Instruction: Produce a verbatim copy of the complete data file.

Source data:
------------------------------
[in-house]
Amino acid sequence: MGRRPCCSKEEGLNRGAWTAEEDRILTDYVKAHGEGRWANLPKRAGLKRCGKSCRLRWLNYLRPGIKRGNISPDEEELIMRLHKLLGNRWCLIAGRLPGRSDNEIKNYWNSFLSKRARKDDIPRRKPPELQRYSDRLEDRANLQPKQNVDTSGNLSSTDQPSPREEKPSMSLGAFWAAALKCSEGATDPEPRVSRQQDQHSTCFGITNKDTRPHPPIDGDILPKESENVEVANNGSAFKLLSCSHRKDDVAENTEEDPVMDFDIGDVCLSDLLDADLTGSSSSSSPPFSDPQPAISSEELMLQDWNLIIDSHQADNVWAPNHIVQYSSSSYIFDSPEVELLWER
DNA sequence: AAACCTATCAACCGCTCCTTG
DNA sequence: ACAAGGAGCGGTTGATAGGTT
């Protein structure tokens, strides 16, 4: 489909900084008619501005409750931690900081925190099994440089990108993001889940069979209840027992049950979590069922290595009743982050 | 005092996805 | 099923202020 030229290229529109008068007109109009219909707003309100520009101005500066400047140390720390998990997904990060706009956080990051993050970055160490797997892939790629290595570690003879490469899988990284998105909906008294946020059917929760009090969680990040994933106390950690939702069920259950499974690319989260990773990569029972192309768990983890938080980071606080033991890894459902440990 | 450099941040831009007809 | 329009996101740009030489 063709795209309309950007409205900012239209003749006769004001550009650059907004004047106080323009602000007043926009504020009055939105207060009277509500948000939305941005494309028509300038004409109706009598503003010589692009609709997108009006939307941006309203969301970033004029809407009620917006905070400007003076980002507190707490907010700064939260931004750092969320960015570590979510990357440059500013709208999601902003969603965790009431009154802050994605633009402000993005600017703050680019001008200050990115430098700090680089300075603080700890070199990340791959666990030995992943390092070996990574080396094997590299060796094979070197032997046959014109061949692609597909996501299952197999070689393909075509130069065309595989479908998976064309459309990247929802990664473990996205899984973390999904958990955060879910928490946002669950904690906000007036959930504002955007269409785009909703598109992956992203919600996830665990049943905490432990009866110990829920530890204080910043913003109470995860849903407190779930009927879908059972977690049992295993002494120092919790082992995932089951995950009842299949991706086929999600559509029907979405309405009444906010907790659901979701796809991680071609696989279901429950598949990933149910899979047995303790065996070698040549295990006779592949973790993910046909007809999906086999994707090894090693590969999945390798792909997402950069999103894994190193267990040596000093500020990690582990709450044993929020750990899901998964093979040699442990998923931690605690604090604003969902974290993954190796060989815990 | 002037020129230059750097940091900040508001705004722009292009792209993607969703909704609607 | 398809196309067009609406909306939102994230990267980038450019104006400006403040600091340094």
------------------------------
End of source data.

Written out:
[in-house]
Amino acid sequence: MGRRPCCSKEEGLNRGAWTAEEDRILTDYVKAHGEGRWANLPKRAGLKRCGKSCRLRWLNYLRPGIKRGNISPDEEELIMRLHKLLGNRWCLIAGRLPGRSDNEIKNYWNSFLSKRARKDDIPRRKPPELQRYSDRLEDRANLQPKQNVDTSGNLSSTDQPSPREEKPSMSLGAFWAAALKCSEGATDPEPRVSRQQDQHSTCFGITNKDTRPHPPIDGDILPKESENVEVANNGSAFKLLSCSHRKDDVAENTEEDPVMDFDIGDVCLSDLLDADLTGSSSSSSPPFSDPQPAISSEELMLQDWNLIIDSHQADNVWAPNHIVQYSSSSYIFDSPEVELLWER
DNA sequence: AAACCTATCAACCGCTCCTTG
DNA sequence: ACAAGGAGCGGTTGATAGGTT
């Protein structure tokens, strides 16, 4: 489909900084008619501005409750931690900081925190099994440089990108993001889940069979209840027992049950979590069922290595009743982050 | 005092996805 | 099923202020 030229290229529109008068007109109009219909707003309100520009101005500066400047140390720390998990997904990060706009956080990051993050970055160490797997892939790629290595570690003879490469899988990284998105909906008294946020059917929760009090969680990040994933106390950690939702069920259950499974690319989260990773990569029972192309768990983890938080980071606080033991890894459902440990 | 450099941040831009007809 | 329009996101740009030489 063709795209309309950007409205900012239209003749006769004001550009650059907004004047106080323009602000007043926009504020009055939105207060009277509500948000939305941005494309028509300038004409109706009598503003010589692009609709997108009006939307941006309203969301970033004029809407009620917006905070400007003076980002507190707490907010700064939260931004750092969320960015570590979510990357440059500013709208999601902003969603965790009431009154802050994605633009402000993005600017703050680019001008200050990115430098700090680089300075603080700890070199990340791959666990030995992943390092070996990574080396094997590299060796094979070197032997046959014109061949692609597909996501299952197999070689393909075509130069065309595989479908998976064309459309990247929802990664473990996205899984973390999904958990955060879910928490946002669950904690906000007036959930504002955007269409785009909703598109992956992203919600996830665990049943905490432990009866110990829920530890204080910043913003109470995860849903407190779930009927879908059972977690049992295993002494120092919790082992995932089951995950009842299949991706086929999600559509029907979405309405009444906010907790659901979701796809991680071609696989279901429950598949990933149910899979047995303790065996070698040549295990006779592949973790993910046909007809999906086999994707090894090693590969999945390798792909997402950069999103894994190193267990040596000093500020990690582990709450044993929020750990899901998964093979040699442990998923931690605690604090604003969902974290993954190796060989815990 | 002037020129230059750097940091900040508001705004722009292009792209993607969703909704609607 | 398809196309067009609406909306939102994230990267980038450019104006400006403040600091340094």